The Blue Crab, (Callinectes sapidus) also known as the "blue claw"; is a feisty little marine creature that provides a good deal of fun and delicious food. The creature's coloration consists of hues of blue, green, and red. They can be found just about anywhere you can access the water, from a few inches deep to the deepest parts of the bay.
Blue Crabs can be taken by a number of methods. The use of bait in wire traps involves a minimal amount of effort for the recreational crabber and can be effective throughout the crabbing season, which usually begins in June and may last well into October. Baited drop lines are often used during the summer months to entice nibbling crabs close enough to a boat or dock so that they can be scooped with a net. A popular bait used for drop lines is chicken necks, thus a person crabbing around these parts gets nicknamed a "chicken necker" by other fishermen.
Harvested crabs should be placed in a bucket with ice and/or very little water and covered with a wet towel, or a piece of wet burlap. Crabs bite, well actually pinch, and a pair of long-nosed pliers should be carried to aid in handling the feisty little devils.
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Blue Crabs belong to a group of animals called Crustacea, which also includes lobsters and shrimp. They are decapods, meaning they have ten legs. There are more than 50 families of crabs and thousands of species worldwide, including the blue crab, shore crabs, hermit crabs, and spider crabs, to name a few. They have excellent eyesight and certain species can detect movement from as far as 20-30 yards away. Crabs can hear and make different kinds of sounds which are used in courtship or to intimidate a competitor.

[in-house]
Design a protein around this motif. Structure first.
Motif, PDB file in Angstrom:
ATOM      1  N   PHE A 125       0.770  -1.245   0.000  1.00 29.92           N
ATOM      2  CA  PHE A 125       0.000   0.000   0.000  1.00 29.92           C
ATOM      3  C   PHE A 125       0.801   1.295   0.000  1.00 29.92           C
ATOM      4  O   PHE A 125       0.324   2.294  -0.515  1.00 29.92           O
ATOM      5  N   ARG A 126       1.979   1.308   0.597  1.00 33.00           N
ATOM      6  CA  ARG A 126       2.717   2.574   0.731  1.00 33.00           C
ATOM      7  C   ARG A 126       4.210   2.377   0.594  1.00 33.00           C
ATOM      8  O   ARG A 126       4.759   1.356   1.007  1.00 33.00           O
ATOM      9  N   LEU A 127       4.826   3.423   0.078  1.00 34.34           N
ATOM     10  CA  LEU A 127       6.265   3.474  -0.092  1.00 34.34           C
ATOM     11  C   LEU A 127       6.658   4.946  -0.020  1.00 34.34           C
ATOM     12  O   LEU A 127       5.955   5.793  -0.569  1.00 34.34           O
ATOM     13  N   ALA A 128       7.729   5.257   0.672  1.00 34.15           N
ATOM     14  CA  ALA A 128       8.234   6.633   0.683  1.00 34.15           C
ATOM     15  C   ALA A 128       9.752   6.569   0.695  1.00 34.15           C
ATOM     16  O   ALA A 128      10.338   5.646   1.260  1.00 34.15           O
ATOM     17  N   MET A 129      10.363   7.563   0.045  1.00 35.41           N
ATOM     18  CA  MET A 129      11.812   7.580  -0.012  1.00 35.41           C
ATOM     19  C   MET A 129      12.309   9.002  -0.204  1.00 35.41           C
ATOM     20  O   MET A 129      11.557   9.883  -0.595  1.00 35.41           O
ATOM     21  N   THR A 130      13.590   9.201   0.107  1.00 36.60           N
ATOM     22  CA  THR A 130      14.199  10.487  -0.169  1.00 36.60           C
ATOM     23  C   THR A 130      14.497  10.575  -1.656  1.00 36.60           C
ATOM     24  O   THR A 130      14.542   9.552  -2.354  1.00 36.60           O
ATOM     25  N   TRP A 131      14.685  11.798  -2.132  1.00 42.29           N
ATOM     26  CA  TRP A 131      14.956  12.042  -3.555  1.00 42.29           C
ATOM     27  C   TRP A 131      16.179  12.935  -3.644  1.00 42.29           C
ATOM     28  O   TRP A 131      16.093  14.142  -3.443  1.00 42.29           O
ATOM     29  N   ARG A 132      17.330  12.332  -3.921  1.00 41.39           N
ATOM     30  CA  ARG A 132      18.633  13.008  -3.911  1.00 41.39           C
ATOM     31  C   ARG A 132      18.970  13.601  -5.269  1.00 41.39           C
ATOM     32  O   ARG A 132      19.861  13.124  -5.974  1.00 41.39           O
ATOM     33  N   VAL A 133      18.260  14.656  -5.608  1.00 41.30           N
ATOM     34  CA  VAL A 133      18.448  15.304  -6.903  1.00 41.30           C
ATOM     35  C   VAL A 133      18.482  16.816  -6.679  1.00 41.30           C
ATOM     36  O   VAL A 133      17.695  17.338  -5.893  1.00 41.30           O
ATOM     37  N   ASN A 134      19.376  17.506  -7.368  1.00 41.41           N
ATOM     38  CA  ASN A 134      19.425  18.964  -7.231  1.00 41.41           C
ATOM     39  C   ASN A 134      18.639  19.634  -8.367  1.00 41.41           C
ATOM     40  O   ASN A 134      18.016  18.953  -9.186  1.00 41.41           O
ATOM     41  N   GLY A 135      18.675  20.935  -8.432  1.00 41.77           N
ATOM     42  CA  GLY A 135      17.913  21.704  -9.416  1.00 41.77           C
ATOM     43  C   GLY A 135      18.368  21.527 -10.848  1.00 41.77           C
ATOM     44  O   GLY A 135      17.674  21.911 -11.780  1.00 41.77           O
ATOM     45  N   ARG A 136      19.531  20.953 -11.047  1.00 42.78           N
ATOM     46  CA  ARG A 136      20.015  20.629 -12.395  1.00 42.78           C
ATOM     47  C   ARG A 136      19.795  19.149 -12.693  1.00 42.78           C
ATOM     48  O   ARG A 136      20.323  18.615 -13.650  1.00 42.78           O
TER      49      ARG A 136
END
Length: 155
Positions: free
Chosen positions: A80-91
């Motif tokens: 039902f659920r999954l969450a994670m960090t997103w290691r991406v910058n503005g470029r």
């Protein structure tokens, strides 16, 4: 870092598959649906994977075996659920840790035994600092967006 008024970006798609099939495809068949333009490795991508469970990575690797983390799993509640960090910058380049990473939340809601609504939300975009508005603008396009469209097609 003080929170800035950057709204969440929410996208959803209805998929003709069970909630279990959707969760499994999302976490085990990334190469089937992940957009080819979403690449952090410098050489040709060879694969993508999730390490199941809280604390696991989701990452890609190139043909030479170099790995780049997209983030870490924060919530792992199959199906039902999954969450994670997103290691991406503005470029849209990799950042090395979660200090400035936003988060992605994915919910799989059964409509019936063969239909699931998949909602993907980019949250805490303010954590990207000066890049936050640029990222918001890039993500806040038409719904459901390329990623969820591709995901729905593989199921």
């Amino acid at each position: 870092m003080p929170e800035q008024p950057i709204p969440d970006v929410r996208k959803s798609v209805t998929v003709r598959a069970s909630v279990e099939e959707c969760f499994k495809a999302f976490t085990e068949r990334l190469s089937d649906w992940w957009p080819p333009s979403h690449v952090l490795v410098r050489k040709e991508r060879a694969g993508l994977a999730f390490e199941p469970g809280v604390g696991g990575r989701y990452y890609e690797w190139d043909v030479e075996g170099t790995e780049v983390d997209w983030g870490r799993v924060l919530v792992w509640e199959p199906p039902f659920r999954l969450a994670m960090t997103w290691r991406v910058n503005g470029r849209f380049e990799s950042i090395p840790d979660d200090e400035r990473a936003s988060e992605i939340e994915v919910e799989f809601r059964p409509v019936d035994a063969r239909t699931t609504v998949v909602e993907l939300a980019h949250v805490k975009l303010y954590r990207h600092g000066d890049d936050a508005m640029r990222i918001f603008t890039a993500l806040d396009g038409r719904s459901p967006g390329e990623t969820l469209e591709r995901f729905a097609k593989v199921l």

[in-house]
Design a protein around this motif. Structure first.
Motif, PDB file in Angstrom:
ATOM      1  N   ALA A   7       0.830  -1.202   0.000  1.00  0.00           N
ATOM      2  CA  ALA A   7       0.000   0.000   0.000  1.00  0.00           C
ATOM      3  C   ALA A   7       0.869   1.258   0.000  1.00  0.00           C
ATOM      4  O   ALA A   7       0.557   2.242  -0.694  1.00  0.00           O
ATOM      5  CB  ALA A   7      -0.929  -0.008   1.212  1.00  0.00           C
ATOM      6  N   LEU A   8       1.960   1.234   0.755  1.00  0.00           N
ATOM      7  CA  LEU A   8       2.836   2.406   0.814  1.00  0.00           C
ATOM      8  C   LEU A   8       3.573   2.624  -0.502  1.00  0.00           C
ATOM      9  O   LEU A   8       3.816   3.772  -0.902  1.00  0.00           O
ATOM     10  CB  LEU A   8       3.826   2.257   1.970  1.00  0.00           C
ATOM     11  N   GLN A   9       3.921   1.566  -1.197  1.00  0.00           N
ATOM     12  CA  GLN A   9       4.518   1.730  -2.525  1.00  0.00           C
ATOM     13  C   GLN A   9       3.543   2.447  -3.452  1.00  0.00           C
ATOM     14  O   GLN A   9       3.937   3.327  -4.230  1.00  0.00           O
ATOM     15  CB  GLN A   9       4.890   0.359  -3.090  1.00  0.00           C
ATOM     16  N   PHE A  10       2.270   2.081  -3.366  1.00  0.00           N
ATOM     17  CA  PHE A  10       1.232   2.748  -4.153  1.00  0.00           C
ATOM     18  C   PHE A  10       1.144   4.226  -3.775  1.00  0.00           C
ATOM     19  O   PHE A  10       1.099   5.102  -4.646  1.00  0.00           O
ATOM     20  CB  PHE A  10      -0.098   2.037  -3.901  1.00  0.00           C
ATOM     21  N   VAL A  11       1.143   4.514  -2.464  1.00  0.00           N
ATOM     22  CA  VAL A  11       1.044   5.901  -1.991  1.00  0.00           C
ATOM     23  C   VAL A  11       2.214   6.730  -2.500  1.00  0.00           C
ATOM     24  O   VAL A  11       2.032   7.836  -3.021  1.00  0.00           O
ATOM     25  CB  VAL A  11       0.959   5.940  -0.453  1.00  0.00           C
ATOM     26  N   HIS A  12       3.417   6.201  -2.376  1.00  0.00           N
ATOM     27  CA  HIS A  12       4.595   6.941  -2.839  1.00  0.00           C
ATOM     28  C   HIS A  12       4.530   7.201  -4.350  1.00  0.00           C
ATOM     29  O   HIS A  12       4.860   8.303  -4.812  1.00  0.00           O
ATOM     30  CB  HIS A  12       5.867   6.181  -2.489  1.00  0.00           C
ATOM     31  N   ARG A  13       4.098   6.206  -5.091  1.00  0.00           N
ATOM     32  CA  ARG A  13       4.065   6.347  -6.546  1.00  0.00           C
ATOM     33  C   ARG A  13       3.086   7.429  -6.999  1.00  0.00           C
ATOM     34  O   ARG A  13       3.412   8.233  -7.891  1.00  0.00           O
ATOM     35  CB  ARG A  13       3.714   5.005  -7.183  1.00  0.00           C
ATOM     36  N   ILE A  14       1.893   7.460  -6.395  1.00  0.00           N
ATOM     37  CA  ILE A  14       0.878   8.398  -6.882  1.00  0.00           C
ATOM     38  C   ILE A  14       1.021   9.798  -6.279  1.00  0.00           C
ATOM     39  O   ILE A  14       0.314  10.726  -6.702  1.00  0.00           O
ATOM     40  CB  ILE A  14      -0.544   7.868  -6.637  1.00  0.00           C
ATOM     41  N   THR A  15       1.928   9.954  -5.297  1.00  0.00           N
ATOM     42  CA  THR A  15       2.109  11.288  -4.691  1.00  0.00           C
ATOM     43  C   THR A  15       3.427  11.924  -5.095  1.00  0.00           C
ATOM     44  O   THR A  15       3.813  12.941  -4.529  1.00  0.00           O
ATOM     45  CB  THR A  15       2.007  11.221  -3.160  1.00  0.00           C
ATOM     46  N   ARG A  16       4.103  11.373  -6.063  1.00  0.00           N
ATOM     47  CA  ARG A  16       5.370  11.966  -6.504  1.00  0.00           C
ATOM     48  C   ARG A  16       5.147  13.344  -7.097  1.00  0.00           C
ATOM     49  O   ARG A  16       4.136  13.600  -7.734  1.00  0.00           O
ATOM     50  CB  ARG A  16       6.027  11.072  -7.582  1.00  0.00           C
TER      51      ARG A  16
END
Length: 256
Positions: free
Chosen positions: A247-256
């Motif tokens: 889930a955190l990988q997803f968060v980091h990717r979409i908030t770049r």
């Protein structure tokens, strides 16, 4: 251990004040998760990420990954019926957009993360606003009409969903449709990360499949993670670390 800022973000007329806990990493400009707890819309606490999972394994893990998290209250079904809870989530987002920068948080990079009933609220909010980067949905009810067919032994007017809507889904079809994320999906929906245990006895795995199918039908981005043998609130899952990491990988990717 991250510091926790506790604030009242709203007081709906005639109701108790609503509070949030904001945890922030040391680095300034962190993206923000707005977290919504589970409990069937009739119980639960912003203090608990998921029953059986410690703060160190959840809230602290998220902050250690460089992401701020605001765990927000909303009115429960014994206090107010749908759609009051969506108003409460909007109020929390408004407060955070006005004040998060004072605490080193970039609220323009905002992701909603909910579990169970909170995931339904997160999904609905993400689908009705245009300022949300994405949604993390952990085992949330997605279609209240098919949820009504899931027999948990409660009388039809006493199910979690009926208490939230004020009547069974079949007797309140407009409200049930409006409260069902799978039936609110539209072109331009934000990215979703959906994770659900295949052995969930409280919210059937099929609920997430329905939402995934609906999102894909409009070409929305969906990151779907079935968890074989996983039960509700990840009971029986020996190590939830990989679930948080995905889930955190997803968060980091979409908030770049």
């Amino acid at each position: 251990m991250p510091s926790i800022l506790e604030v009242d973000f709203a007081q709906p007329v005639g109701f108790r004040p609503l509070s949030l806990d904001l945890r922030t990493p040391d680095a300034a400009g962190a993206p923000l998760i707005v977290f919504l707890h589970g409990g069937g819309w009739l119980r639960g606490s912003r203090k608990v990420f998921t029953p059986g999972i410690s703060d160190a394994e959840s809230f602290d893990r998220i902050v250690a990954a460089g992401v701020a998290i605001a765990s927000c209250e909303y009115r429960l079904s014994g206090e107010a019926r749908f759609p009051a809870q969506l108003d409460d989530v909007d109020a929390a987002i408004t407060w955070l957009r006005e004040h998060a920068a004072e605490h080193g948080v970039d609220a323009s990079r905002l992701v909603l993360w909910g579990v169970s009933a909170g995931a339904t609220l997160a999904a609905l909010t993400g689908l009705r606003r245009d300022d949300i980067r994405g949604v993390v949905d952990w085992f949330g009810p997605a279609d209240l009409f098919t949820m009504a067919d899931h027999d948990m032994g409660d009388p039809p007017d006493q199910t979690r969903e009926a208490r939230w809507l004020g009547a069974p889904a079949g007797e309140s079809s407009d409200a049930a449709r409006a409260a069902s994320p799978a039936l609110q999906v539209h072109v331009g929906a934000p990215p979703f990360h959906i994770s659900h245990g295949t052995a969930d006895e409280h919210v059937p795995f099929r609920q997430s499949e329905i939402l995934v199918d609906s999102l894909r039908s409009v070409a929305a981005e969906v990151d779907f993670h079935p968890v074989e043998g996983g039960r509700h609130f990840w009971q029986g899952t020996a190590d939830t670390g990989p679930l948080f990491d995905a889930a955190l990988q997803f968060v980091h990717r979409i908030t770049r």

Blue Crabs live anywhere from the shoreline to the deeper parts of the bay. Blue Crabs can tolerate wide ranges of temperature and salinity.
When walking along the shore, you have probably seen crab shells washed up on the beach. A crab's hard exoskeleton doesn't actually grow, but a soft shell grows inside it, and when the crab gets too big, the exoskeleton must be shed. This process is called molting. In preparation for growing the new shell, the crab absorbs the calcium from the old shell into its blood, so that it can be used for the new shell. The old, hard shell cracks, and the crab, now soft and wrinkled, frees itself. At this point, the crab absorbs large amounts of water and expands to its new size. While the new shell is hardening, the crab is vulnerable to predators, so it tries to stay hidden, and sometimes will not eat for several days. Molting frequency decreases with a crab's age, and some crabs may molt up to twenty times in a lifetime.
Mating usually takes place between a newly-molted, soft-shelled mature female and a larger male with a hard shell. The male carries the female around before she molts, and may continue to do so after mating. This protective behavior not only helps the female, but guards the male's genetic investment, and decreases chances of his being displaced by another male. After mating, the female deposits thousands of fertilized eggs onto her swimmerets. When the eggs hatch, usually in the warmer months, free-swimming larvae spend several months as plankton before they go through a number of molting stages, eventually settling down on the sea bed.
Crabs are not fussy eaters and will dine on worms, mollusks, other small crabs, algae, decaying fish, or anything else they can catch. The crab has a hearty appetite, and may even eat crabs their own size. It finds food by using smell detectors on its antennae, and 2 other detectors on its legs that tell the crab when it makes contact with a food source.